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Man found not criminally responsible for attacking soldiers wants to attend Mohawk College


The man found not criminally responsible for attacking soldiers at a military recruitment event in Toronto wants to attend classes at Mohawk College.

Ayanle Hassan Ali has been in secure psychiatric custody at the St. Joseph’s Healthcare West Fifth Campus since the attack two years ago.

Now, doctors feel he can be given passes to leave for education purposes, even though they still consider him a considerable risk to the public.

March 14, 2016, Ayanle Hassan Ali walked into the Canadian Forces Recruiting Centre in North York, and immediately started punching the soldier at the entrance in the head, before pulling a large kitchen knife from a folder and stabbing him, leaving a three-inch gash to the corporal’s arm.

Another officer jumped over a desk armed with a chair to subdue him.

A Sergeant slipped on some spilled coffee and Ali lunged, stabbing over and over, only his knife was pointed the wrong way and he was using the blunt handle.

Eventually Ali was hit with either a photocopier or a garbage can and fell. He was pinned with chairs and soldiers piled on top of him until they gained control. He had been listening to the Koran in his Ipod and murmuring a prayer.

Two years later, the now 30-year-old was found not criminally responsible. He is schizophrenic and had been hearing bothersome messages from everywhere.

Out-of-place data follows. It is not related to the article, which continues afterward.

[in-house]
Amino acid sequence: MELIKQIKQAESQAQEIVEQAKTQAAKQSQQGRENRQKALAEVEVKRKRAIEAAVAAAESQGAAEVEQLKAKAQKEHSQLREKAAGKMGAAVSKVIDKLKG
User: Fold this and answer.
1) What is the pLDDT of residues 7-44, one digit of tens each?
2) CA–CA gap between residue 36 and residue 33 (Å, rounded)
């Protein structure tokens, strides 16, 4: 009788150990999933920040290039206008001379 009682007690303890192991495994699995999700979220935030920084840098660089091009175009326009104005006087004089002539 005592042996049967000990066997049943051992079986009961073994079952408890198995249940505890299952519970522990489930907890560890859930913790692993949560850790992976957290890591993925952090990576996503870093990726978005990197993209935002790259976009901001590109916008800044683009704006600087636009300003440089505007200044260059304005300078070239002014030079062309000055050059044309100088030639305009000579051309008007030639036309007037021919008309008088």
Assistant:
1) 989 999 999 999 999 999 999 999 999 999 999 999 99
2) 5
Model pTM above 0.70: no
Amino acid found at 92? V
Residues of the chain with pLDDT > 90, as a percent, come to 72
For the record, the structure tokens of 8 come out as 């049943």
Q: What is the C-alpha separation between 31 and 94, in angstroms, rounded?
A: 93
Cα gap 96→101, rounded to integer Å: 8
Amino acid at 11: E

Ali has been in a secure psychiatric facility at St. Joseph’s Healthcare for two years with no privileges, other than the use of a fitness room and courtyard. He tried to escape once, shortly after admission, by buzzing at a door and asking to leave.

Now his doctors think he should be allowed passes to leave, and go to a class at Mohawk College across the street. They say he would initially be accompanied by staff, and if that goes well, he could go on his own.

Mohawk College says this decision was news to them. Ali has not applied to Mohawk, so if he was to become a student, it wouldn’t be this fall. The college says it can’t deny someone education based on mental illness, but it can develop a plan so that student safety is ensured.

His doctor opines that Ali’s psychotic disorder is well managed when he is on medication but he has a second risk factor: “His potential to act out on political, or radical ideas. There is no treatment for this.” he says.

The reasons for the review board disposition go on to say doctors do not believe Ali is a terrorist, although his offences stemmed from a psychotic episode in which he felt compelled to act against the Canadian Military and “Mr. Ali holds some of the same delusions, that he experienced at the time”

Ali’s lawyer agreed with the board that he does constitute a significant threat to the safety of the public.

Mohawk College heard from a lot of concerned parents and students after news reports about the review board decisions. The school says it would likely make some sort of arrangement with Ali to get his education remotely.



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